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We have annotated several hundred teaching resources cataloged in the National Science Digital Library with spatial concept terms listed below. We have also created a new TeachSpatial collection annotated in the same way. The concept terms were drawn from the U.S.National Science Education Standards (NSES 1996) for topic areas B - Physical Science, C - Life Science, D - Earth and Space Science, as well as from the 1994 U.S. Geography Teaching Standards for grades 9-12. Those standards can be browsed here.

spatial concept terms

NSDL teaching resources related to "diagram"

This site from the University of Oregon’s Physics Department provides a description of Olbers’ Paradox which asks why the night sky is dark. The site presents diagrams and an explanation for why a static infinite universe would have a brightly illuminated night sky. It also contains rationale for why this is not so, supporting calculations, and conclusions that can be drawn about the Universe.

Olbers' Paradox

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This is a five-part interactive tutorial on the basics of energy in the context of introductory physics. The author presents Work and Energy as a means to analyze the motion of objects, an area of demonstrated weakness among secondary students. Detailed explanations and sample problems allow students to explore potential, kinetic, and mechanical energy, while also introducing related equations. Included are force diagrams, quick links to pertinent definitions, and links to animations that allow learners to visualize what is being discussed.

The Physics Classroom: Definition and Mathematics of Work

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This Wikipedia article offers a description of tuned mass dampers, which reduce wind-driven vibrations in structures. The site explains the science behind these devices and their applications in large buildings. Numerous images and diagrams are included in the descriptions as well as a helpful animation demonstrating the operation of these devices.

Wikipedia: Tuned Mass Damper

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This article from the Australian Telescope National Facility describes the death of massive stars. It discusses the formation and characteristics of supernovae, hypernovae, neutron stars/pulsars, and black holes. The article includes an animated diagram showing how the pulsar beam is observed from Earth.

The Death of Stars II: High Mass Stars

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This U.S. Geological Survey site lists and discusses the properties of volcanic ash. The site contains many helpful diagrams, and explains topics including the size of ash particles, the dispersal of ash by wind, and the kind of eruption that produces ash.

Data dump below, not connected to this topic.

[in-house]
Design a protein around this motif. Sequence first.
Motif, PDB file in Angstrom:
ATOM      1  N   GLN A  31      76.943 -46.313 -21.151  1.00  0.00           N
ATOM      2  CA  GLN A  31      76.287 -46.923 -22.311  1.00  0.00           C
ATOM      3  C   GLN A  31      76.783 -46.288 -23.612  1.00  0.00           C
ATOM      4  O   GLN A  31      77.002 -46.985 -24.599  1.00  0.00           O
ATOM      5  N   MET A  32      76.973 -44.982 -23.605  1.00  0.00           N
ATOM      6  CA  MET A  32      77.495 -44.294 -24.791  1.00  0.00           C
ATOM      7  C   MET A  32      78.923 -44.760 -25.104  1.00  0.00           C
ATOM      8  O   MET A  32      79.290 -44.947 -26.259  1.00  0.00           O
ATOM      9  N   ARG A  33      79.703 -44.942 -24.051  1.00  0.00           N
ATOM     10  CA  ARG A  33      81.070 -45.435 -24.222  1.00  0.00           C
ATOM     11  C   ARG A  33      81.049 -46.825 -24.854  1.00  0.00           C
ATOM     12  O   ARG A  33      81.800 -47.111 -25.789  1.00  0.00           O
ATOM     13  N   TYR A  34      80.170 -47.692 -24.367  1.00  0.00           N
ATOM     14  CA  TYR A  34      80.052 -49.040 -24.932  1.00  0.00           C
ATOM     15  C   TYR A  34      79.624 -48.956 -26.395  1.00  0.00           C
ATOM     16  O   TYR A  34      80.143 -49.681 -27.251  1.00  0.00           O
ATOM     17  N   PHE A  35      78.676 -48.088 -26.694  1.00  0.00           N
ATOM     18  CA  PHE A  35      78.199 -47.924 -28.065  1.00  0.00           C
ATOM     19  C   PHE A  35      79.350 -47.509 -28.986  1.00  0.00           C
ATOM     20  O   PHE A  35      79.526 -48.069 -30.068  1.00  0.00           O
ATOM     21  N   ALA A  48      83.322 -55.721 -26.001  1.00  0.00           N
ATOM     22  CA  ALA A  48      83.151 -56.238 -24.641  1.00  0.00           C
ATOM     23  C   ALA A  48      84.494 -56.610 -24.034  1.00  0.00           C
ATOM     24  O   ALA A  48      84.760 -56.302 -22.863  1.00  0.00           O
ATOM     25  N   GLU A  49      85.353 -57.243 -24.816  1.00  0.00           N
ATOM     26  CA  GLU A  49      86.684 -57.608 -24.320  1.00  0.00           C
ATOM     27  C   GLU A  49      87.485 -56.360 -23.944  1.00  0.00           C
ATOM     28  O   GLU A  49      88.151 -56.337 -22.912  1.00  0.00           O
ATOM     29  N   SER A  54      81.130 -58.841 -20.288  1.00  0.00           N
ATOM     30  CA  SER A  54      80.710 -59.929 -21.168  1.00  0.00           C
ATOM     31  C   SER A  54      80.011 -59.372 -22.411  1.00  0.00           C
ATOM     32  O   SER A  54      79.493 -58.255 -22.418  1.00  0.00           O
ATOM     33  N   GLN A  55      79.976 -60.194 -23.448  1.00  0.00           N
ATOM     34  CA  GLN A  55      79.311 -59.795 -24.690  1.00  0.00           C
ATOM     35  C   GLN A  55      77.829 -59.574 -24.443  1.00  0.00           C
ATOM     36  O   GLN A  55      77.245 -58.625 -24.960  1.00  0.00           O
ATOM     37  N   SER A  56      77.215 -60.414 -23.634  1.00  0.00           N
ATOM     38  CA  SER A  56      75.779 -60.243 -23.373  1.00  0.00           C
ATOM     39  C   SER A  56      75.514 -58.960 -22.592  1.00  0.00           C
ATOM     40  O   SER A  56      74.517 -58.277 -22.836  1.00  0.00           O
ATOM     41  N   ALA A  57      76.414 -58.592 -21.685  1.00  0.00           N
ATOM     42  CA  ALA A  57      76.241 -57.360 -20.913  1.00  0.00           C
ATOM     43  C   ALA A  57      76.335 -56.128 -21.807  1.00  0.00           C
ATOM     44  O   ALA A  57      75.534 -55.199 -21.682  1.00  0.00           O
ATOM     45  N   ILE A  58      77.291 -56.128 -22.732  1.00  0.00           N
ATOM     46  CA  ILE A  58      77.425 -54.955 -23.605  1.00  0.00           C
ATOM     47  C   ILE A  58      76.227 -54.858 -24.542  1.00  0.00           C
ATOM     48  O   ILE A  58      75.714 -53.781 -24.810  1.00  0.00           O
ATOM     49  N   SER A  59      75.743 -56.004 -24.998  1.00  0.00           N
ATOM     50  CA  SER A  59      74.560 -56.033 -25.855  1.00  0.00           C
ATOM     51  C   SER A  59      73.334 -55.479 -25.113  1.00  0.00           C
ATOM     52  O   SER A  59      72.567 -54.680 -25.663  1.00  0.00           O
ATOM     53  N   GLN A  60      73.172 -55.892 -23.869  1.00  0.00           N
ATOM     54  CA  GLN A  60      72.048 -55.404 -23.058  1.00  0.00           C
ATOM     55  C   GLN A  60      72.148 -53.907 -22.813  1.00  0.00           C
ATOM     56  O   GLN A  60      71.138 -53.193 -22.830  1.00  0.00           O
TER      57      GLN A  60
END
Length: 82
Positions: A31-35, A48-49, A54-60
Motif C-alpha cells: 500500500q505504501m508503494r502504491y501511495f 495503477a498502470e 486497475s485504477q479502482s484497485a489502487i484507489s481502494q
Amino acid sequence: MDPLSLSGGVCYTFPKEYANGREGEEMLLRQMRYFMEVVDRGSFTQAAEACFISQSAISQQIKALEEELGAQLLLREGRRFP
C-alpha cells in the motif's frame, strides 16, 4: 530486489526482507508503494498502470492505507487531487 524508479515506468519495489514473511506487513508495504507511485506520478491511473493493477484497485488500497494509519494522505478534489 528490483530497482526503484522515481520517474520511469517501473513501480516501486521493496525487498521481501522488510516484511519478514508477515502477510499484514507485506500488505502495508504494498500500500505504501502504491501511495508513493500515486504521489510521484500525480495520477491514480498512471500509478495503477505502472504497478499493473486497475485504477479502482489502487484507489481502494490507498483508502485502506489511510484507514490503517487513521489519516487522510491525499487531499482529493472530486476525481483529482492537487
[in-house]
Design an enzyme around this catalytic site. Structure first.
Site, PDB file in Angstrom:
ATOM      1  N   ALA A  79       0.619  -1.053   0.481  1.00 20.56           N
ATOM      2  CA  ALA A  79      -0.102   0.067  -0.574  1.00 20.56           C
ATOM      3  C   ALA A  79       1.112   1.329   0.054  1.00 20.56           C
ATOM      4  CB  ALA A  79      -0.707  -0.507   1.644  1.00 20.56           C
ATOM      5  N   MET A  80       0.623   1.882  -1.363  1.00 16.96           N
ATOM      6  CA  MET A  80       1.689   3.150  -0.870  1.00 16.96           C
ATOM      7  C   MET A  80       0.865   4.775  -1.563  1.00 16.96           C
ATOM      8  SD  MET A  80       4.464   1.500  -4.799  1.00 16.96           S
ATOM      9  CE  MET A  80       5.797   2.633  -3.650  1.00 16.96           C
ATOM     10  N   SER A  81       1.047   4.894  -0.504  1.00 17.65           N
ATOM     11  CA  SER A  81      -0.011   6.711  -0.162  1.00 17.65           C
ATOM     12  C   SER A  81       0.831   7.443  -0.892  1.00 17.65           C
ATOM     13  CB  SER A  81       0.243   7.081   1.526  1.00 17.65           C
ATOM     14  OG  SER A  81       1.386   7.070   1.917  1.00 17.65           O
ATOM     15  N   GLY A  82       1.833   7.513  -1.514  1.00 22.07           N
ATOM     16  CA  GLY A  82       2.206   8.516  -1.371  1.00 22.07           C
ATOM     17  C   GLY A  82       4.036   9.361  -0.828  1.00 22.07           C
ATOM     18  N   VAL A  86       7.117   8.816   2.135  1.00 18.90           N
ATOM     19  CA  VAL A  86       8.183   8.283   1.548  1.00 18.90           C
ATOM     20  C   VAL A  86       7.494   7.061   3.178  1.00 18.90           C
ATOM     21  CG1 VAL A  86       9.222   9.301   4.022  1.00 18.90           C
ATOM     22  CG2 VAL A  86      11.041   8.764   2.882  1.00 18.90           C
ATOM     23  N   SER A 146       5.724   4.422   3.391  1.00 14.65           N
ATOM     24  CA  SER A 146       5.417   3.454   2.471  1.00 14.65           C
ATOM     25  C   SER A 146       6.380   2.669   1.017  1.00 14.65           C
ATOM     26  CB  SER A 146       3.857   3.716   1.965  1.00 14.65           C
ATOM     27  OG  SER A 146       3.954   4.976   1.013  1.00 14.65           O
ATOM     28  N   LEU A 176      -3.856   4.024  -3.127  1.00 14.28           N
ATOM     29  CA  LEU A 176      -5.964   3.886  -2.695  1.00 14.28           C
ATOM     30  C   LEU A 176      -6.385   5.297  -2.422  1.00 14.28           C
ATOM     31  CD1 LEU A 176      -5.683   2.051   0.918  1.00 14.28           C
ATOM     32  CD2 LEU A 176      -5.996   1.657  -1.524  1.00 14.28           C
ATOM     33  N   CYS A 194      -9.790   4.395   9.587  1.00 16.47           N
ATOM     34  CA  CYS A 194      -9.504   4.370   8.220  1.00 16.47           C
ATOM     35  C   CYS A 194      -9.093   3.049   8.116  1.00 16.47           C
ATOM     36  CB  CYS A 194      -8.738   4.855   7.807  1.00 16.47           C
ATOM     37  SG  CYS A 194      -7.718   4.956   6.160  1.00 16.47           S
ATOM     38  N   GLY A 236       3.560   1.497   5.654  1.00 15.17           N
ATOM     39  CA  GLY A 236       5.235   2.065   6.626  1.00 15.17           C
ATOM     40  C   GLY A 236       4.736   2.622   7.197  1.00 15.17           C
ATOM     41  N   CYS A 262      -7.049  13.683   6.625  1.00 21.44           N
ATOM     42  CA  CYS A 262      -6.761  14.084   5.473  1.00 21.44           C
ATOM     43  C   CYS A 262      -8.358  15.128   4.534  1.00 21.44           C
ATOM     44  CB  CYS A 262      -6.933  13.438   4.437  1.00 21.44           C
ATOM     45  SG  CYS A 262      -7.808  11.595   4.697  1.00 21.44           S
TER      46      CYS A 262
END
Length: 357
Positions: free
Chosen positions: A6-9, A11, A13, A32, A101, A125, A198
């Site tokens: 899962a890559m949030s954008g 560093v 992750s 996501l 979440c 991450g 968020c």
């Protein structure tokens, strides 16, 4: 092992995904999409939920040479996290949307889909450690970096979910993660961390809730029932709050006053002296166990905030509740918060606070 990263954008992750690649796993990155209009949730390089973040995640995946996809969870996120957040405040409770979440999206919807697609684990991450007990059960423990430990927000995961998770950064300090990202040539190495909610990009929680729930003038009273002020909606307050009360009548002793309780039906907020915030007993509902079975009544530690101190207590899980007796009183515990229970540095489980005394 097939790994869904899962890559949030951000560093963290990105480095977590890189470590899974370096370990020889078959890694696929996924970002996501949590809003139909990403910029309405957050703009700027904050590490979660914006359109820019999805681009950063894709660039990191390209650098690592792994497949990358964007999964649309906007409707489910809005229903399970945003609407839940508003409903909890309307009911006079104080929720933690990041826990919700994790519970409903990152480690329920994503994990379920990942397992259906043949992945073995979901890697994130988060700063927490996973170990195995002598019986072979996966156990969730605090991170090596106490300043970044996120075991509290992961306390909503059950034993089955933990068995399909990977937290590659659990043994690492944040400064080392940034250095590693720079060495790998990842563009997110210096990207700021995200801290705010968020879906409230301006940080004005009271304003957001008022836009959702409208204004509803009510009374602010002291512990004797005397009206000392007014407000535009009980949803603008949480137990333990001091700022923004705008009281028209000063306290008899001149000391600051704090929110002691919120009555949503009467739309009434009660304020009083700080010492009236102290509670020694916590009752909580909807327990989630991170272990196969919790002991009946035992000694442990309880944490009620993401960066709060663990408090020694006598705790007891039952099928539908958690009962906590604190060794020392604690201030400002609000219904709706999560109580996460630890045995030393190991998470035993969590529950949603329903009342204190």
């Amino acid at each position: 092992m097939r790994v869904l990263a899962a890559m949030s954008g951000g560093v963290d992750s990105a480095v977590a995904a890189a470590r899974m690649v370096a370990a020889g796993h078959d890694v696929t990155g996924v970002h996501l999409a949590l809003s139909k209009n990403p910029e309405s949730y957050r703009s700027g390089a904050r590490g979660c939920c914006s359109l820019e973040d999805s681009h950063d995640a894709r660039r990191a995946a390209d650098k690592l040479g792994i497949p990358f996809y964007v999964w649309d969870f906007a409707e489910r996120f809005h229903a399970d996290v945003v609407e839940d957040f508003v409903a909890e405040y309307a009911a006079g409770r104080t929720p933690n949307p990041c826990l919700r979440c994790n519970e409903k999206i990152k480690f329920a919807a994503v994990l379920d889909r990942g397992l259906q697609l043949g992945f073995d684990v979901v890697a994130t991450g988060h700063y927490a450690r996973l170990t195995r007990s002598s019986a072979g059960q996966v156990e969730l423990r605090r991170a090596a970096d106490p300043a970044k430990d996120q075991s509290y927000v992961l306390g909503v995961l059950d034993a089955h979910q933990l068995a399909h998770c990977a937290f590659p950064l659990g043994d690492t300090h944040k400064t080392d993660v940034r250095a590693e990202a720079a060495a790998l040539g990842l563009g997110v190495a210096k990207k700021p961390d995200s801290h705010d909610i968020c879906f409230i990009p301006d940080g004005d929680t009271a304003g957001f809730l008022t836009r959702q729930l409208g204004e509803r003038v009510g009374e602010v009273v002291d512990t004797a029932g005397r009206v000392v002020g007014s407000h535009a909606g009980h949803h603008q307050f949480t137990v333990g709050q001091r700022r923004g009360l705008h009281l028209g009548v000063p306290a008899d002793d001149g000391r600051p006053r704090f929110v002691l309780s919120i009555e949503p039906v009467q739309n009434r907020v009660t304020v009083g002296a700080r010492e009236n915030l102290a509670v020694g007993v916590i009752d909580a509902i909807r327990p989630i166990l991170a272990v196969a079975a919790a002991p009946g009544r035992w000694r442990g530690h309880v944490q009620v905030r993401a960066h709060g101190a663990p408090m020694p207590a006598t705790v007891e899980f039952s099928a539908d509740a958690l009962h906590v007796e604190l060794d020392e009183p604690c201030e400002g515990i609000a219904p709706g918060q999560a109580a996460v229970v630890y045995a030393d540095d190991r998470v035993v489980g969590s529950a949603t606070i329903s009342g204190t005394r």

Properties of Volcanic Ash

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The largest of the Giza pyramids is usually called the Great Pyramid. It can also be called the Great Golden Pyramid, because its geometry is that of the Golden Mean. Pictures and diagrams of the interior and exterior architecture, with explanations of the related math, astronomy, and physics. References included.

The Great Golden Pyramid

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This is the ecosystems section of Save Our Earth and Make a Difference, a Thinkquest site containing facts about all things ecological. Topics are illustrated with relevant quotations, statistics, photographs, diagrams, sounds, and links to environmental organizations. Biomes discussed include mountains, tundra, temperate forest, marine/islands, desert, tropical dry forest, cold climate forest, grassland, savannah, and tropical rainforest.

Ecosystems

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About Temperature is a tutorial that covers several topics about temperature, thermometers and thermodynamics. The text clearly explains topics such as the development of thermometers and temperature scales, heat and thermodynamics, kinetic theory, thermal radiation and the temperature of the universe. There are diagrams and helpful links. A version of the web page is available in Spanish as well. This website would be useful for students or teachers researching thermometers or introductory thermodynamics.

About Temperature

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This diagram illustrates some of the most abundant stores of carbon and identifies some of the pathways in the carbon cycle along which carbon is transferred from one form to another. Long-term sinks of carbon are labelled in black; shorter-term fluxes are labelled in purple. Amounts are in billions of tons.

Carbon Cycle Diagram

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This article explains the concept of chaos theory, starting with the work of meteorologist Edward Lorenz on the impact of small initial conditions on a larger system. The page includes several helpful diagrams.

Chaos Theory: A Brief Introduction

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